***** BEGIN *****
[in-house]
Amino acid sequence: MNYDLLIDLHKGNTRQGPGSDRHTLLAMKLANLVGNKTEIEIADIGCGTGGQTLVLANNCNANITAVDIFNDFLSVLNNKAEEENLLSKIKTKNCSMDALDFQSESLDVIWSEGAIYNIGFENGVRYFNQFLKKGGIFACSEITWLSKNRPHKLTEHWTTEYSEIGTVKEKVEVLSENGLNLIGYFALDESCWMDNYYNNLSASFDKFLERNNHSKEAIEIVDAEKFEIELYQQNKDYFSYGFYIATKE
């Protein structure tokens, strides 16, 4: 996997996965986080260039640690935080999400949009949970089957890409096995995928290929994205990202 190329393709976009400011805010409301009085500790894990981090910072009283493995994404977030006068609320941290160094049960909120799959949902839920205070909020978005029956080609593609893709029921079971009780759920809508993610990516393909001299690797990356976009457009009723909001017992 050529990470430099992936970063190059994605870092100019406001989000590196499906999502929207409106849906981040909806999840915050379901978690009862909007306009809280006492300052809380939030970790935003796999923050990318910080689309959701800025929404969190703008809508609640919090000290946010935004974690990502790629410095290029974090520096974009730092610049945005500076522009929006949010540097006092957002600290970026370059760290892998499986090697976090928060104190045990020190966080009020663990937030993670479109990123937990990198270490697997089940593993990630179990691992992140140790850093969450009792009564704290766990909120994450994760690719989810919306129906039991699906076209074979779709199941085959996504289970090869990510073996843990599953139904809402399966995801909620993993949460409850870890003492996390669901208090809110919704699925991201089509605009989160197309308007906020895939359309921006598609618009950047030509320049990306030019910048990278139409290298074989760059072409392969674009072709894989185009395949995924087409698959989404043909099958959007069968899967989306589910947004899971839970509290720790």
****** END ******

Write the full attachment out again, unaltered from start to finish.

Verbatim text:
[in-house]
Amino acid sequence: MNYDLLIDLHKGNTRQGPGSDRHTLLAMKLANLVGNKTEIEIADIGCGTGGQTLVLANNCNANITAVDIFNDFLSVLNNKAEEENLLSKIKTKNCSMDALDFQSESLDVIWSEGAIYNIGFENGVRYFNQFLKKGGIFACSEITWLSKNRPHKLTEHWTTEYSEIGTVKEKVEVLSENGLNLIGYFALDESCWMDNYYNNLSASFDKFLERNNHSKEAIEIVDAEKFEIELYQQNKDYFSYGFYIATKE
């Protein structure tokens, strides 16, 4: 996997996965986080260039640690935080999400949009949970089957890409096995995928290929994205990202 190329393709976009400011805010409301009085500790894990981090910072009283493995994404977030006068609320941290160094049960909120799959949902839920205070909020978005029956080609593609893709029921079971009780759920809508993610990516393909001299690797990356976009457009009723909001017992 050529990470430099992936970063190059994605870092100019406001989000590196499906999502929207409106849906981040909806999840915050379901978690009862909007306009809280006492300052809380939030970790935003796999923050990318910080689309959701800025929404969190703008809508609640919090000290946010935004974690990502790629410095290029974090520096974009730092610049945005500076522009929006949010540097006092957002600290970026370059760290892998499986090697976090928060104190045990020190966080009020663990937030993670479109990123937990990198270490697997089940593993990630179990691992992140140790850093969450009792009564704290766990909120994450994760690719989810919306129906039991699906076209074979779709199941085959996504289970090869990510073996843990599953139904809402399966995801909620993993949460409850870890003492996390669901208090809110919704699925991201089509605009989160197309308007906020895939359309921006598609618009950047030509320049990306030019910048990278139409290298074989760059072409392969674009072709894989185009395949995924087409698959989404043909099958959007069968899967989306589910947004899971839970509290720790």